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Justin Verlander throws third no-hitter

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Houston Astros starter Justin Verlander reacts after pitching a no-hitter against the Toronto Blue Jays in a baseball game in Toronto, Sunday, Sept. 1, 2019. Houston Astros starter Justin Verlander reacts after pitching a no-hitter against the Toronto Blue Jays in a baseball game in Toronto, Sunday, Sept. 1, 2019. (Fred Thornhill/The Canadian Press via AP)

Justin Verlander had a game for the history books.

The Houston Astros pitcher’s already-storied career saw another highlight etched into it this weekend when the 36-year-old hurler threw a no-hitter against the Toronto Blue Jays, winning 2-0. The game missed perfection by just a single walk, issued to Cavan Biggio in just the second at-bat of the contest, but there’s no mistaking the dominance – Verlander struck out 14 along the way. The no-hitter marked his third, and his first since his 2011 MVP/Cy Young-winning season with the Detroit Tigers.

Throwing a no-hitter in the big leagues is a big deal – there have only been just over 300 such games in MLB history, counting combined no-hitters. Throwing two is even more rare – fewer than 40 pitchers in the game’s storied past have ever managed multiple no-hitters.

Three? Three is when you get to the truly rarified air – air now being breathed deeply by Justin Verlander.

He joins Bob Feller, Cy Young and Larry Corcoran as the only men to throw three no-hitters in a career. Appropriately enough, this ties them for third on the all-time list, behind only Sandy Koufax, who had seven, and Nolan Ryan, who holds the (probably unbreakable) record of seven.

That’s impressive company, Larry Corcoran notwithstanding; Corcoran threw all three between August of 1880 and June of 1884 – the game was barely recognizable then – though it’s worth noting that with his third, he had pitched over 20% of all no-hitters ever. Fun fact!

The other guys are MLB legends. Cy Young was a pretty good pitcher; it says something when they literally name the award for the best pitcher after you. Bob Feller is one of those wartime guys who maybe gets a touch underappreciated these days, but he was a longtime holder of the record for fastest fastball and put up a Hall-worthy career even while losing significant time to the military.

The next rung up is Sandy Koufax, whose four no-nos happened in four straight seasons – 1962-1965 – as part of one of the most dominant stretches of pitching the game has ever seen. And then, of course, there’s Nolan Ryan, the most unhittable pitcher ever. He passed Koufax with his fifth in 1981, only to stick around for another decade and get a couple in back-to-back seasons in 1990 and 1991.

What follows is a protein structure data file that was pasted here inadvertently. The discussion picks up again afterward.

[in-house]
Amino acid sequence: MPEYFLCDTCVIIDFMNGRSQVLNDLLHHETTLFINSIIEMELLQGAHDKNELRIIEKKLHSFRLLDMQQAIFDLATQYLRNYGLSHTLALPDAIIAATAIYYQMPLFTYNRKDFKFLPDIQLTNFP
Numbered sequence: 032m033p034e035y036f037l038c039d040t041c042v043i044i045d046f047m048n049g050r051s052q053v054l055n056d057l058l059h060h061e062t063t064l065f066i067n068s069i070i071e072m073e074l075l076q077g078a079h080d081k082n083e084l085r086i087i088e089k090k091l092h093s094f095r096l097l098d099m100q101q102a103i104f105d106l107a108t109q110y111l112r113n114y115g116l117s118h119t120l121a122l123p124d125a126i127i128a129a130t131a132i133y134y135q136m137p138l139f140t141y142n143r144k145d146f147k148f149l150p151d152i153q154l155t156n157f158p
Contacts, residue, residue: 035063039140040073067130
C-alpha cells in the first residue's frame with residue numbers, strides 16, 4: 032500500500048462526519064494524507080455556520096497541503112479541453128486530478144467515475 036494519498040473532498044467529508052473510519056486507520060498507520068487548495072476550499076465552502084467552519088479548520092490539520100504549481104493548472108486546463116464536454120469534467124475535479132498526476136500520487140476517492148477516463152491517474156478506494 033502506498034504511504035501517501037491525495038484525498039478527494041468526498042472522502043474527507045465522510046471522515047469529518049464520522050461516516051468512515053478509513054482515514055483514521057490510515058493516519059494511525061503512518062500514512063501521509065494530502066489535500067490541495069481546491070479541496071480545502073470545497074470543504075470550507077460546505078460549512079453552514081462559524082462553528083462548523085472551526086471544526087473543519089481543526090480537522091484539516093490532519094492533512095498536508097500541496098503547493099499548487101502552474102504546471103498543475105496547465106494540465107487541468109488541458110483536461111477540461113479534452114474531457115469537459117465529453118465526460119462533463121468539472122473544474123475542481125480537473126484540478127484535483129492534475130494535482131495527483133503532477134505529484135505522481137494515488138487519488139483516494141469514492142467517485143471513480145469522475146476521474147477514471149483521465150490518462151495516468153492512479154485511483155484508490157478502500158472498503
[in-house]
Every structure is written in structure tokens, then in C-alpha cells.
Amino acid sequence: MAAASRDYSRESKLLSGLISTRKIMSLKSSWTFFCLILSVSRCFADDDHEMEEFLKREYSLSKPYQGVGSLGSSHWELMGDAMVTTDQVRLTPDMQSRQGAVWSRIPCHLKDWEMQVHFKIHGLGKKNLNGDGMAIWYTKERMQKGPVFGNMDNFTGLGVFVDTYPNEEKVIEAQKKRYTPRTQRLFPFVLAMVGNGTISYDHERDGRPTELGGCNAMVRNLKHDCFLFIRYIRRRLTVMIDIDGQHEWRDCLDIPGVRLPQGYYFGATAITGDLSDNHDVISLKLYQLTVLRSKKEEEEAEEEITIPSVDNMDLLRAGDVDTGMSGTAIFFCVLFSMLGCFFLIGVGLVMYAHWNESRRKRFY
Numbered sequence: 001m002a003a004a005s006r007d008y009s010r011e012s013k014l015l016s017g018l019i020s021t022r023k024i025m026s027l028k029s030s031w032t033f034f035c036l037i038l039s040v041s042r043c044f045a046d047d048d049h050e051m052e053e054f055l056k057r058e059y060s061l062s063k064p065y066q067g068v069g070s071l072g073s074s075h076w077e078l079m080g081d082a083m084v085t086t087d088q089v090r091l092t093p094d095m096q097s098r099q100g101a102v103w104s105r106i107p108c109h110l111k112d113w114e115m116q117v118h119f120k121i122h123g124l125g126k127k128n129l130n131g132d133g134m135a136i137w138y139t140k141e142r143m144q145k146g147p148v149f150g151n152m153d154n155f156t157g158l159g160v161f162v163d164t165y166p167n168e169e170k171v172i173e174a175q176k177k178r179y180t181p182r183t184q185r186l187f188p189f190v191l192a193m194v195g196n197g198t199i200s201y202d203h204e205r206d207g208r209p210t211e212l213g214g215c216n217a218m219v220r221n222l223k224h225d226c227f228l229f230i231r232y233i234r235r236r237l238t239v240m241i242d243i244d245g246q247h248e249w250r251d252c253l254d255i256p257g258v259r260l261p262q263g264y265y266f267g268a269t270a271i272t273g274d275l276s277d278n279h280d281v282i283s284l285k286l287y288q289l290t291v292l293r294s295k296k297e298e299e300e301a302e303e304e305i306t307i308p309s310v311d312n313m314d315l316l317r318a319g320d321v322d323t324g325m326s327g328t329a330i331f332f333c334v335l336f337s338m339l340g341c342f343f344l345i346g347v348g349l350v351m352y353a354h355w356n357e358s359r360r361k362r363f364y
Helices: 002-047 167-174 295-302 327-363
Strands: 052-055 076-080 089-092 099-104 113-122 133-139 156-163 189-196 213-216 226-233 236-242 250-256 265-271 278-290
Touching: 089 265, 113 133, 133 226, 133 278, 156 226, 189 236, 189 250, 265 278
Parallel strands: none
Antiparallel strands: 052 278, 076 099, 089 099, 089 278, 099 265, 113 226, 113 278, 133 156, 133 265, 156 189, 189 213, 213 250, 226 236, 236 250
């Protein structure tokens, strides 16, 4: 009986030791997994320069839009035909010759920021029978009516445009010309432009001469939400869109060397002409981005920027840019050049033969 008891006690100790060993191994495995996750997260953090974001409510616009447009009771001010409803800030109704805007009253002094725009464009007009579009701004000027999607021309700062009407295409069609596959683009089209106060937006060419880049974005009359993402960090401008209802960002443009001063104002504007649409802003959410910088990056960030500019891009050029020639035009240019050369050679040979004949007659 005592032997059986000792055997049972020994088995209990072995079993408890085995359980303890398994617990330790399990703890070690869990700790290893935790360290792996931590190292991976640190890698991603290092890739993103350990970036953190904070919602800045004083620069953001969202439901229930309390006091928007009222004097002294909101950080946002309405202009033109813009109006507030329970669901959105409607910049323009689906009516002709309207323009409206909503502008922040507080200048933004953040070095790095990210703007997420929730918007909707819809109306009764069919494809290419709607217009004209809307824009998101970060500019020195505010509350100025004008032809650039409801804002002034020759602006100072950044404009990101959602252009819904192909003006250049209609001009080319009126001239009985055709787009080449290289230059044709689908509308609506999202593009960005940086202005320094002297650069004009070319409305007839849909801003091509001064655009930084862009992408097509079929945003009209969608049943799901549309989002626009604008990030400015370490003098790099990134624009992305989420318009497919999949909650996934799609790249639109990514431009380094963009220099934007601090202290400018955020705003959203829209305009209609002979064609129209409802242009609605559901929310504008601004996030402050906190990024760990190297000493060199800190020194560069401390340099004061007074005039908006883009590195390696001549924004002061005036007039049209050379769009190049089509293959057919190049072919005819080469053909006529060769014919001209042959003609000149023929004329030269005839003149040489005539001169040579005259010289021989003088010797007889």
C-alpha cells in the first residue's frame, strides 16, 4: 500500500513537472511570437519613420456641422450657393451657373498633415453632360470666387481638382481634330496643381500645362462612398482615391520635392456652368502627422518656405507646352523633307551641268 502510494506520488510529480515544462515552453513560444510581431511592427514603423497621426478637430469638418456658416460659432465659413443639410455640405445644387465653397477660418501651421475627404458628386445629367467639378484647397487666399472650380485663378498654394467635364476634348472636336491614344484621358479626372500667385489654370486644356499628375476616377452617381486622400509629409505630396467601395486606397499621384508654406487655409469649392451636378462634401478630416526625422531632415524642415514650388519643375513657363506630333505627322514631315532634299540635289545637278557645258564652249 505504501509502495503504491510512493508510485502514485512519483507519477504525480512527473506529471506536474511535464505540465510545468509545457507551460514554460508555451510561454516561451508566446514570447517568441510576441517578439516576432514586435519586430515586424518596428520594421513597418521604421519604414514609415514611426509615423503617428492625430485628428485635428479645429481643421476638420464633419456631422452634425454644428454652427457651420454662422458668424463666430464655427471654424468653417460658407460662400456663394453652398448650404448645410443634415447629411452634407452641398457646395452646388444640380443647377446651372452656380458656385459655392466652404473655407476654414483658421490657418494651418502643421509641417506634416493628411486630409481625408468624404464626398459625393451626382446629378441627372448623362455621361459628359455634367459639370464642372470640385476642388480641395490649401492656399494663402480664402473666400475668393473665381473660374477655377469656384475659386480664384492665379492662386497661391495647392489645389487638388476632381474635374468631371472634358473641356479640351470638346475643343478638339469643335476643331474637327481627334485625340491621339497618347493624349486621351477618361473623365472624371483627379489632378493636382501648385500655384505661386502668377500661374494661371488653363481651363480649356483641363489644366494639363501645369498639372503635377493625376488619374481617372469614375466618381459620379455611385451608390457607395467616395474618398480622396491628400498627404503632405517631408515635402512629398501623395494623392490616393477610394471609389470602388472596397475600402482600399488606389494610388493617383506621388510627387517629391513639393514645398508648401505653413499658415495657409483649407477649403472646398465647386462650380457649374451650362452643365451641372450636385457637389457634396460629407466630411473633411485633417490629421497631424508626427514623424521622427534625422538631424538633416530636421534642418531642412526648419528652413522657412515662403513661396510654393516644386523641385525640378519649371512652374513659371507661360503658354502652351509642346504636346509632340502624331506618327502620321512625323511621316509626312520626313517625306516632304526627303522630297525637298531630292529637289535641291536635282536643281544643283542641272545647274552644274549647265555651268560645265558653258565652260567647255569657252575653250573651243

But we’re here for Justin Verlander.

His first two – one in 2007 and the aforementioned 2011 gem – took place while he was still in a Tigers uniform. The gap between his second and third no-hitter – a little over eight years – is one of the longest in history, behind only the decade-plus gap between Randy Johnson’s two no-hitters and the nine or so years between Ryan’s fifth and sixth. He is the first to no-hit the same team twice on the road.

And on and on and on – when you land on a list like this, with only half-a-dozen dudes on it, there’s a lot of historic stuff happening.

If there was any doubt that Justin Verlander was going to be making his way to Cooperstown someday, this almost certainly eliminates it.

We’re burnishing an already-impressive resume – Verlander has a 2006 Rookie of the Year Award to go with the Cy Young/MVP double dip of 2011. He has six other top-five Cy Young finishes, including three seconds, and has garnered MVP votes in five other seasons.

As for the numbers, they’re awfully impressive as well. If you like the advanced stats, he’s up over 70 WAR and has a JAWS score of 59.1, 36th all-time. Traditional numbers? We’ve got those too. Barring something catastrophic, he’ll become the 18th pitcher to ever top 3,000 strikeouts – he’s led the league five times. He’s led the league in wins twice, ERA once and WHIP three times (although he’s currently leading the AL in all three categories for 2019, so those numbers could go up).

All that, plus three no-hitters. That’s one heck of a CV.

Pitching a no-hitter is hard, but it’s possible to get lucky and stumble into one. Even two, while undeniably impressive, allows for a little wiggle room regarding talent – dudes like Mike Fiers and Homer Bailey each have a couple. But three – three is a number you don’t reach by accident. A magic number, if you will.

So congratulations to Justin Verlander, whose dominance has etched his name just a little deeper into the annals of the game.

Last modified on Wednesday, 04 September 2019 11:55

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